Let them inIt is crucial to ensure that disabled people benefit from the policies made for them
Words such as ‘inclusion’ and ‘disability mainstreaming’ have become buzzwords in the development sector. However, several NGOs and government offices express their lack of knowledge about this sector. When it comes to accessing government services, persons with disabilities continue to face multiple challenges in Nepal. There is not even a single institution that can be considered entirely inclusive, ie, with essential provisions such as ramps, elevators, hydraulic lifts and braille signage to assist disabled persons. In addition, the lack of authentic data on disability has severely affected the services and provisions made for them.
Making matters worse is the indifference towards the problems faced by persons with disabilities in Nepal. According to the Central Bureau of Statistics Nepal, nearly two percent of the population of the country suffers from some type of disability. Yet, not even one-fifth of the disbaled have received disability identity cards. Most of our public places and for this matter, even private places, that are frequently visited by disabled persons remain inaccessible to them. Though the promulgation of the constitution has been hailed by the disabled community and the formulation of disabled-friendly policies have generated hope, recent political upheavals have adversely affected the effective execution of these policies to actually benefit persons with disabilities.
Early in December, the world celebrated the International Day of Disabled Persons with the slogan ‘Inclusion matters: access and empowerment for people of all abilities’. This theme is extremely relevant in Nepal’s context as it provides a framework to address the physical, attitudinal and communication barriers faced by the disabled persons.
The theme essentially provides three pertinent sub-themes. First and foremost, it states that cities need to be made inclusive and accessible for all—all persons, regardless of their physical abilities should be able to get around. In this regard, even our Capital, remains inaccessible topeople with disabilities.
The second sub-theme discusses improving disability data and statistics. In several developing countries, including Nepal, there is a huge absense of data required for effective execution of policies and programmes aimed at supporting disabled persons. The Ministry of Women Children and Social Welfare is well aware of this problem. Therefore, it has allocated some fund to establish a GIS data management system. However, unless works begins, it is difficult to speak about its effectivness.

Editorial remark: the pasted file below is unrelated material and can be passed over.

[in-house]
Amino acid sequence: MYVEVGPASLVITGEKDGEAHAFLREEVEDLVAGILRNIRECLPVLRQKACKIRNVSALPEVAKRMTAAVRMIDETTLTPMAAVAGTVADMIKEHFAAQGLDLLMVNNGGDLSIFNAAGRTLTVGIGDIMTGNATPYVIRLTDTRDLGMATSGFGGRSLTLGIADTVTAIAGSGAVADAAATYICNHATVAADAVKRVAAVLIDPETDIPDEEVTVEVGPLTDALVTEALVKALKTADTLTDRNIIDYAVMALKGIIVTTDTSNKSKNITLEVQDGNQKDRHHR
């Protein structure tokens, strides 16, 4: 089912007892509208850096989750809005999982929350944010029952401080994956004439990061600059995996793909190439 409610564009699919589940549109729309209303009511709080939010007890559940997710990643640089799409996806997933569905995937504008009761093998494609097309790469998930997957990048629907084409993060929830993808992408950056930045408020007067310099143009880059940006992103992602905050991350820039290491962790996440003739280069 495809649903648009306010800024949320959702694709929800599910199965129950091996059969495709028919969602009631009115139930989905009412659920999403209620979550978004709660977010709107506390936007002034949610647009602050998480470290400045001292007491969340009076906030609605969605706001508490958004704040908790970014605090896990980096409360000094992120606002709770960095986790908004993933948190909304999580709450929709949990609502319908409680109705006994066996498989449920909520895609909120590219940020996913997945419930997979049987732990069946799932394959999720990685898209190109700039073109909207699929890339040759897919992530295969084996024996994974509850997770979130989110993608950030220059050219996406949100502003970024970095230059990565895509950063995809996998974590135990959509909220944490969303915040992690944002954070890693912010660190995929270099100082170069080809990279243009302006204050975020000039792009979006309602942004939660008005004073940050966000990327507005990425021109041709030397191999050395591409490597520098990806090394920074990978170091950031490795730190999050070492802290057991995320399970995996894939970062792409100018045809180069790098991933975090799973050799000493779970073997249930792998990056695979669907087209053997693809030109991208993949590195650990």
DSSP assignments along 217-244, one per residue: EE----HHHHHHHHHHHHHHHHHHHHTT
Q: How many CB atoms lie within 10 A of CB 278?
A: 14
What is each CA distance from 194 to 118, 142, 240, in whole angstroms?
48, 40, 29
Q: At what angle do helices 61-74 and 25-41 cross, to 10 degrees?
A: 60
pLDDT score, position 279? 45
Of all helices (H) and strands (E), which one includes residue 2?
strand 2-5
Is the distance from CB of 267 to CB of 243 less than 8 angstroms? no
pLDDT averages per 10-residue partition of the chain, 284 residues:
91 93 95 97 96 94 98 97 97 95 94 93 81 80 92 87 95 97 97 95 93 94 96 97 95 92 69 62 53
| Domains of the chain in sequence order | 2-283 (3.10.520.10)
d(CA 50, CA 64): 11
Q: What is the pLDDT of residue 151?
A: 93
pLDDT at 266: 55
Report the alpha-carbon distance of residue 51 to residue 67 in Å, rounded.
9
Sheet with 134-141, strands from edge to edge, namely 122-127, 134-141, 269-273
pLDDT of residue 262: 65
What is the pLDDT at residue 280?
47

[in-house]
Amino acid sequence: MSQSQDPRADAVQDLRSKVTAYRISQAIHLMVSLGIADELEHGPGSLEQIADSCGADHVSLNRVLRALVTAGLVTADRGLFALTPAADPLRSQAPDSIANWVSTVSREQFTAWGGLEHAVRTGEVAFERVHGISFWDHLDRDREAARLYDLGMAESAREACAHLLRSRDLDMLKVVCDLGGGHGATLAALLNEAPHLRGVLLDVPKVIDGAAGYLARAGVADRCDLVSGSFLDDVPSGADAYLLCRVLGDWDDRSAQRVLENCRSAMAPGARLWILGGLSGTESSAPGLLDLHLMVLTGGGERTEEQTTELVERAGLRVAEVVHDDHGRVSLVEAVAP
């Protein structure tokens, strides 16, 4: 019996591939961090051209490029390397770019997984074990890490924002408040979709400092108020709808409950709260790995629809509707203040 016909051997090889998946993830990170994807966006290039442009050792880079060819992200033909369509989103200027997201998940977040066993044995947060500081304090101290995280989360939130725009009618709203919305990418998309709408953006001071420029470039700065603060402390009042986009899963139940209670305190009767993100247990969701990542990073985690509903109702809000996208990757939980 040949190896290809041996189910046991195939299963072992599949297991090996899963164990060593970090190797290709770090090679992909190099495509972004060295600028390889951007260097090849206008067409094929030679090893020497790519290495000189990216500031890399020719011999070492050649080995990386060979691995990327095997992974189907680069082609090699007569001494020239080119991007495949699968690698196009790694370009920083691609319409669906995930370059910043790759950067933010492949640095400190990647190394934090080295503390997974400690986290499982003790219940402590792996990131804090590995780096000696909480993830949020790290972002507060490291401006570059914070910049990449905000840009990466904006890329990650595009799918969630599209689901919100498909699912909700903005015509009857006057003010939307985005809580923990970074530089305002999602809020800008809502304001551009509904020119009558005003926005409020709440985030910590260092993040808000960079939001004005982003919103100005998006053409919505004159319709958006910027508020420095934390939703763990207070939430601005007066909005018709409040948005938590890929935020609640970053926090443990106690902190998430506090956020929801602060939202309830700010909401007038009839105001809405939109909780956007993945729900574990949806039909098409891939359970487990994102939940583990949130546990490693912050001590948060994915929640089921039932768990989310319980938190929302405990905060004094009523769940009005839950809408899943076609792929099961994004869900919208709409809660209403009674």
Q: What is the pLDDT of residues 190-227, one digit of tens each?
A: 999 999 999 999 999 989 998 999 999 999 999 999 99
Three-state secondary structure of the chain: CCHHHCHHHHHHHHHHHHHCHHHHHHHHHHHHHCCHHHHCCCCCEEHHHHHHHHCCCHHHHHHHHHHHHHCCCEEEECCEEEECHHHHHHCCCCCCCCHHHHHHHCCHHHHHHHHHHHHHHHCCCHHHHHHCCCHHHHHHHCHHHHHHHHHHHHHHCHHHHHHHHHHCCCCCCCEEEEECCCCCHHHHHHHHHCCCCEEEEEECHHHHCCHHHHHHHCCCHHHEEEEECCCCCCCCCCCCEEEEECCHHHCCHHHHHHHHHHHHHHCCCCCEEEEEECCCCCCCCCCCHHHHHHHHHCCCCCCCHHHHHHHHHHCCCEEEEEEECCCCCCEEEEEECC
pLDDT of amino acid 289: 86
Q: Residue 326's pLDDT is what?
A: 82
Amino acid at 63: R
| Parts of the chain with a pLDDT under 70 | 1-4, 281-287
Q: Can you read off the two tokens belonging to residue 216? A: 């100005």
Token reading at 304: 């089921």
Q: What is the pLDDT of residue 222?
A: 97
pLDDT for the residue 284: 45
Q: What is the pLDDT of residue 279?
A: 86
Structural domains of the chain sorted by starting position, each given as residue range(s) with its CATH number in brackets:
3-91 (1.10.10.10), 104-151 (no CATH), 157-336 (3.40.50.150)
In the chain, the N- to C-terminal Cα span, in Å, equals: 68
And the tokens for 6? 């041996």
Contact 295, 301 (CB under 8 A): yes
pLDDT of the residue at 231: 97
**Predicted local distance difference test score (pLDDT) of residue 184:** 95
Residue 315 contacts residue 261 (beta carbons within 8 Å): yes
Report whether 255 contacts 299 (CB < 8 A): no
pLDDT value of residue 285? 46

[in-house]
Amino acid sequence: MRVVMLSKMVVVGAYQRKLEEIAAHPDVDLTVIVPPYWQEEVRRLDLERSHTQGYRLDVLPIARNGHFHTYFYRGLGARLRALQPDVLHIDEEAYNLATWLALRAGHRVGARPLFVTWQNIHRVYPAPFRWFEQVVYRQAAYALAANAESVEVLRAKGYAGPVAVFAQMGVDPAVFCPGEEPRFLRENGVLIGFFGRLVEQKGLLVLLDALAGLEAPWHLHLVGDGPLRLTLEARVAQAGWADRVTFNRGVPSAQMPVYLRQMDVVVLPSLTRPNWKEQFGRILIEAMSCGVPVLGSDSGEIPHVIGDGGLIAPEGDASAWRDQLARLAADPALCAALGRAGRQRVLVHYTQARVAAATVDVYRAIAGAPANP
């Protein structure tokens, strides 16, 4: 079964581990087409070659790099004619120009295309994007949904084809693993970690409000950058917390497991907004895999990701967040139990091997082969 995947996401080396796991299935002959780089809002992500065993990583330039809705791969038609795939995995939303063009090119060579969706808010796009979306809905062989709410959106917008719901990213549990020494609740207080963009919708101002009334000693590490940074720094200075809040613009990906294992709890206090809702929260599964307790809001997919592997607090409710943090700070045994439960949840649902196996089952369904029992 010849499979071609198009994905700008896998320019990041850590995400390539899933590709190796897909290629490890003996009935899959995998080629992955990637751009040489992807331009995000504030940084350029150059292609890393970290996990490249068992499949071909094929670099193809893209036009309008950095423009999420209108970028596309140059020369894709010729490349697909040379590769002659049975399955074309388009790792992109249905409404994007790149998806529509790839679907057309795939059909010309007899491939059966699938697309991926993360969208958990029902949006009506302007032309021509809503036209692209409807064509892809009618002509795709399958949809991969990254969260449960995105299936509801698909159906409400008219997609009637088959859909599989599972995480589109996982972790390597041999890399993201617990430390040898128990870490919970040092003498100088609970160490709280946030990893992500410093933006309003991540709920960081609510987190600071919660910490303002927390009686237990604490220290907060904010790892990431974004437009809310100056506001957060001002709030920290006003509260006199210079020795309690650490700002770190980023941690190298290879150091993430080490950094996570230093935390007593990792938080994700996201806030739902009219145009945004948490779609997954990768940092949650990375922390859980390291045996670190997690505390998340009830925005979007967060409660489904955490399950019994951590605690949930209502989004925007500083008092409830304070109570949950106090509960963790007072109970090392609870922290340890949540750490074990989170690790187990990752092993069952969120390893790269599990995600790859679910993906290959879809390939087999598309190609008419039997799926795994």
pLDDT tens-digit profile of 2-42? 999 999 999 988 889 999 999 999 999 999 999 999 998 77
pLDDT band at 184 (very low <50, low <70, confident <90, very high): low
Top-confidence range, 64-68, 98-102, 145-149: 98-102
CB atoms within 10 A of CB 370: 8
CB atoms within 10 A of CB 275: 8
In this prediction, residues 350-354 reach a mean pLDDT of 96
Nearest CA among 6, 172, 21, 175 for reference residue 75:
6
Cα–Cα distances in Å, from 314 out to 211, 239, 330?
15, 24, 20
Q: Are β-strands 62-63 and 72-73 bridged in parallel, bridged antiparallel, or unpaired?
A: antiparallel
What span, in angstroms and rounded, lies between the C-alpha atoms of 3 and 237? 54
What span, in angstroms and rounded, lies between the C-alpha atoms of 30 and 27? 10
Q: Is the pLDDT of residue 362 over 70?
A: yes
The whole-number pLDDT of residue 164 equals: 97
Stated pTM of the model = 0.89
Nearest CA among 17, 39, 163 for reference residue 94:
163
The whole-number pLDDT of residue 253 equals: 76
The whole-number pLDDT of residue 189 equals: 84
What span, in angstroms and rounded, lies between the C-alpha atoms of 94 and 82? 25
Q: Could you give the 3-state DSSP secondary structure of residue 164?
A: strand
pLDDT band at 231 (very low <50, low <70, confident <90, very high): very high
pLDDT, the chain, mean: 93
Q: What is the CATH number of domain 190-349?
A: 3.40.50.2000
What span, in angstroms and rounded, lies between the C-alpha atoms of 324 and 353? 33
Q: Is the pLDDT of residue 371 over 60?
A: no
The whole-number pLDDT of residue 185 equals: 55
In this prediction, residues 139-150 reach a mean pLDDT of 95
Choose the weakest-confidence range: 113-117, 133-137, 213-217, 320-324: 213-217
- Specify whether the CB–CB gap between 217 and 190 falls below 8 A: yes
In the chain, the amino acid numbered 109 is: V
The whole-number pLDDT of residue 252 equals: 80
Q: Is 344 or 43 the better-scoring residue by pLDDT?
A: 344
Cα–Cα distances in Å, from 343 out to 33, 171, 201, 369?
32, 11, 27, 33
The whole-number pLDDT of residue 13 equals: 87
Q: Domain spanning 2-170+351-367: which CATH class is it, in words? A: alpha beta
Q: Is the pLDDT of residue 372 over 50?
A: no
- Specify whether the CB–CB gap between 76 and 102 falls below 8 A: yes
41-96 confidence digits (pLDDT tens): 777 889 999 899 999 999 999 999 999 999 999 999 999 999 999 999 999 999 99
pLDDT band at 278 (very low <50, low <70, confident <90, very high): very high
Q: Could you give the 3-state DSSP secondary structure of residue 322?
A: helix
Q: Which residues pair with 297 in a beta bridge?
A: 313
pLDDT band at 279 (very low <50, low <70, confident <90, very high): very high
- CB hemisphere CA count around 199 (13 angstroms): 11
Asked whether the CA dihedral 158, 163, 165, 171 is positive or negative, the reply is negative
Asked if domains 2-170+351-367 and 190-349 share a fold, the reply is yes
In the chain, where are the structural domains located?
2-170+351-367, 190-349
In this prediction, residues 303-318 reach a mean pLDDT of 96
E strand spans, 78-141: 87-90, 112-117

The third and final sub-theme focuses on the inclusion of persons with invisible disabilities in society and development. It is well-known that there are different sorts of disability and yet, people including policymakers, government officials, civil societies and even disabled peoples organisations remain largely unaware about them, particularly with regards to the skills and capacities of the disabled persons to positively contribute in the country’s development.
The government of Nepal and its development partners should genuinely and strongly believe that all persons, regardless of their disability type and circumstances, should be able to access basic facilities service. For that, disabled-friendly infrastructure should be a top priority. At least the ministries, key government offices, schools, hospitals and health posts and historic places within the municipalities should be made disabled-friendly.
Even so, making buildings accessible to the disabled alone will not ensure inclusion. Schools buildings should also be made accessible and they should promote inclusive education. Free and comprehensive healthcare (rehab) facilities and access to employment would also ensure dignified living for persons with disabilities. And the Ministry of Women Children and Social Welfare cannot alone safeguard these provisions. Therefore, it is vital to establish inter-ministerial and promote coordination among concerned stakeholders to identify common targets and ensure their implementation.
Keeping in mind of the inadequacy of reliable data on the disability sector, the initiative taken by the Social Welfare Ministry should be well supported. Different disability focused organisations and government departments should immediately sit together and agree on the necessary proceedings by setting a timeline to accomplish set goals and regularly update collected data on the website for public access.
Finally, to ensure the inclusion of people with invisible disabilities in different communities of Nepal, all local-level government offices should be made accessible and disabled-friendly. There should be a proper monitoring mechanism with specific indicators for the inclusion of persons with disabilities. It is high time we ensured that persons with disability feel included and empowered not only by formulating new policies but by implementing them.
Neupane is livelihood advisor at Handicap International Nepal.Views expressed in this article are personal